thumbnail Written by Patrick Dinkins

“This coffee has notes of lemon-lime, and is bright with a tea like body…” “What do you mean?” I often get confused looks from people when describing the flavors and aromas you can find in coffee. 

Coffee is a very complex beverage, and there are many factors that go into how it tastes, or “cups”. One of the biggest is the coffee’s origin, or where it is grown. The countries that produce coffee are very diverse. The growing conditions in each country contributes to how the coffee tastes. The elevation, the soil content, and the amount of rain and sun the trees get are all factors. Whether the coffee is washed vs. natural process also plays a role. Washed means the coffee is dried after the fruit of the coffee cherry is removed, while natural process means the coffee bean is dried with the fruit still intact. I will give some examples.


The coffee I was talking about above comes from Ethiopia, this is one of my favorite origins. Coffees from Ethiopia have two main cup profiles, both are fruity, but the fruit is different depending on how the coffee is processed after it is picked. The washed process coffees from Ethiopia have citrus notes – this can be lemon, lime, orange, or tangerine. They tend to be bright with a tea-like body. Natural process coffees, on the other hand, have more berry notes – blueberry, cherry, or black cherry. They have a deeper body and are not as bright. I have cupped naturals from Ethiopia that smelled and tasted like blueberry pie. 


Indonesia produces some very interesting coffees, probably the most well known are from the island of Sumatra. Coffees from Sumatra are natural process. They tend to be pretty complex, earthy, fruity (berry), sweet, wild, big bodied coffees, with a mild acidity.

Colombia & Brazil

South America has two of the largest coffee producers in the world, Colombia and Brazil.  The majority of Brazilian coffee is natural process. The coffees are sweet, nutty, mild, medium bodied with a gentle acidity. I had a Brazil on the table not long ago where the flavor notes reminded me of eating a nutter-butter cookie. In contrast to the coffees from Brazil, Colombian coffees are almost all washed process. Colombian coffee is known for being a well rounded/balanced coffee. They tend to be fruity, floral, have a medium acidity, with a buttery/milky body.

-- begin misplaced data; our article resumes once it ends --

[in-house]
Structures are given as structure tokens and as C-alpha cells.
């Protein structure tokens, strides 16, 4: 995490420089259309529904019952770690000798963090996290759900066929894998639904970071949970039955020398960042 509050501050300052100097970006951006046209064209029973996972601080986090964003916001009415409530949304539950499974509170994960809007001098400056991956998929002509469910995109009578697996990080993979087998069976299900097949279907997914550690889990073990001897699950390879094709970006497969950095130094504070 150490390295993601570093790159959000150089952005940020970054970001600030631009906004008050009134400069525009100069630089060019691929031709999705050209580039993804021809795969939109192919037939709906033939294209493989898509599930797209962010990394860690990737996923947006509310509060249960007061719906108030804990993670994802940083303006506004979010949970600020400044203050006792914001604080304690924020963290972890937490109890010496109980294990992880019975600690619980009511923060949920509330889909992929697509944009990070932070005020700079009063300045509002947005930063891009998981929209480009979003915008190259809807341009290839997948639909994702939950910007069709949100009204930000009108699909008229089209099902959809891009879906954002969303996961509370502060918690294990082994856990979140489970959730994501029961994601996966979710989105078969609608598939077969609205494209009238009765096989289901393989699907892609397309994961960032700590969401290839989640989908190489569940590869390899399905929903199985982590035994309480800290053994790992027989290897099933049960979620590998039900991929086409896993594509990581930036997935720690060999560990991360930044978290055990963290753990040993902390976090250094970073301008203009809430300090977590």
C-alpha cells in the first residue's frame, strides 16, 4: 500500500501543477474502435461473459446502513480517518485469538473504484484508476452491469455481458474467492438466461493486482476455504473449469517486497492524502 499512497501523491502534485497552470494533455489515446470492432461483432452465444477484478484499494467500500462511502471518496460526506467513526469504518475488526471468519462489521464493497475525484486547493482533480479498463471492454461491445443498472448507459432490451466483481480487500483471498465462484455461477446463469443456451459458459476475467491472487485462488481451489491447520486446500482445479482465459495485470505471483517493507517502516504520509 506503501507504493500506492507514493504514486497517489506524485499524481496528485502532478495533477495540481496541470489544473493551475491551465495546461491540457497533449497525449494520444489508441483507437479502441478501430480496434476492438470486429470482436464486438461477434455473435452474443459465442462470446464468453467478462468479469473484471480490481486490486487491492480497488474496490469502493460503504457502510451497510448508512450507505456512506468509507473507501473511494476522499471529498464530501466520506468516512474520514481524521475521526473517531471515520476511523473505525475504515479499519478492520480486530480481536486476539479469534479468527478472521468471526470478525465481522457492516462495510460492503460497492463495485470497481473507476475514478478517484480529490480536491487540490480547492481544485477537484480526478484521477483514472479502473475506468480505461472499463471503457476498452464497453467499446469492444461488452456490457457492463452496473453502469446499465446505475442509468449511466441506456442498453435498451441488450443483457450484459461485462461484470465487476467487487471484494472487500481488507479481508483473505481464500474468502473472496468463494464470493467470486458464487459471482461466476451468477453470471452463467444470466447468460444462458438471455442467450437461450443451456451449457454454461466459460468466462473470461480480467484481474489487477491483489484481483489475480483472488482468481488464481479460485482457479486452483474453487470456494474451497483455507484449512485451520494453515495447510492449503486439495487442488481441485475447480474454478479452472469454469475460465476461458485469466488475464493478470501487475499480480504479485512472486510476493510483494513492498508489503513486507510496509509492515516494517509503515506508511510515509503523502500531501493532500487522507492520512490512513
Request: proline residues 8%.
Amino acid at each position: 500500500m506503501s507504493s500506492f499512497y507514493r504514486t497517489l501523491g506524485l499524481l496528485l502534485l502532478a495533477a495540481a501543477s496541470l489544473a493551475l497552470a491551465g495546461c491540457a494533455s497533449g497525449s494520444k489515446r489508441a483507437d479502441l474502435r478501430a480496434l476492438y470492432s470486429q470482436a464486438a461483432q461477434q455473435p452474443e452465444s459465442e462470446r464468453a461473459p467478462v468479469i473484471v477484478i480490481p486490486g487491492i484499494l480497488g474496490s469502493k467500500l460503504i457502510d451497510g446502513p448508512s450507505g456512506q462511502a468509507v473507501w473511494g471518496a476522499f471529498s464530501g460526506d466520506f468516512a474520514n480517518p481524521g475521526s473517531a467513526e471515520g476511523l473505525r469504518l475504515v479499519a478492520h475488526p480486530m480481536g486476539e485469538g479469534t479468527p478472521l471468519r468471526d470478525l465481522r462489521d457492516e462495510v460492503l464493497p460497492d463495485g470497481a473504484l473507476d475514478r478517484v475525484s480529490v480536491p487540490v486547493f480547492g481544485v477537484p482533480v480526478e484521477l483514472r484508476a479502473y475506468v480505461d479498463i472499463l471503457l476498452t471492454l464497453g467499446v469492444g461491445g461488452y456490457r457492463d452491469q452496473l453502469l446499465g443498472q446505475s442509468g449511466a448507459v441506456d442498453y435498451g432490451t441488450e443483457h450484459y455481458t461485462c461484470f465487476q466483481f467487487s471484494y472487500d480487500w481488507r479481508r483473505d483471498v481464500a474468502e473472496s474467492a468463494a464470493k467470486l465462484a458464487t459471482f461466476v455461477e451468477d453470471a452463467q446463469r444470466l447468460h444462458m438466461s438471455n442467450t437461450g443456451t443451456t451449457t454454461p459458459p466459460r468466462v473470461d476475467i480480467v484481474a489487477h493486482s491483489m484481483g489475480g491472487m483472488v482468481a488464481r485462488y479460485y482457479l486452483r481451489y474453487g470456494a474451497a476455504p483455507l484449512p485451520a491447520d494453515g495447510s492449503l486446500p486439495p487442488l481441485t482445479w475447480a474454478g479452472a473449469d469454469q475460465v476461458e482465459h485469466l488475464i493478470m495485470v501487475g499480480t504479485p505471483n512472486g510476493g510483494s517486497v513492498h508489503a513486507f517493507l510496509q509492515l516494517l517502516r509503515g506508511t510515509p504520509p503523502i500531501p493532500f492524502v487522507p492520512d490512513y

Next we head for Guatemala in Central America. Coffee from Guatemala is usually washed process.  They tend to be medium bodied, bright, with hints of floral, fruit, and have a milk chocolate sweetness.

These are just a few of the many different flavors and aromas that you can experience in coffees from different origins. Experiment and taste coffees from origins you may not typically drink, you might find a new favorite. Enjoy!


  1. Bought your different coffees at Costco. Love them and have turned most of my coworkers on to your coffee. When will Costco be caring more of your whole bean coffee blends?

  2. I regret that you don’t address the Fair Trade issue in this otherwise interesting article. Paying the actual growers a living wage is, in my understanding, more rare than common — versus the middlemen getting a majority share of the price.

  3. I like your vanilla/hazelnut flavored whole beans. Where do the beans originate before you flavor them?

  4. Hi Dodd! When buying our coffee, we favor direct influence with small farmers, where we get coffee without the farmer having to pay for a certification. You can read more about our thoughts on direct vs Fair Trade here on our blog: Thanks for reaching out!

  5. Hi Joe! It’s great to hear you’re enjoying our Costco exclusive blends. Costco typically only carries one blend of ours at a time. We’d love to have more on their shelves! You can help us do so by letting Costco know which coffees are your favorite 🙂 Thanks for reaching out!

  6. Hi Larry! We use Brazilian beans as the base for our flavored coffees. Thanks for reaching out!

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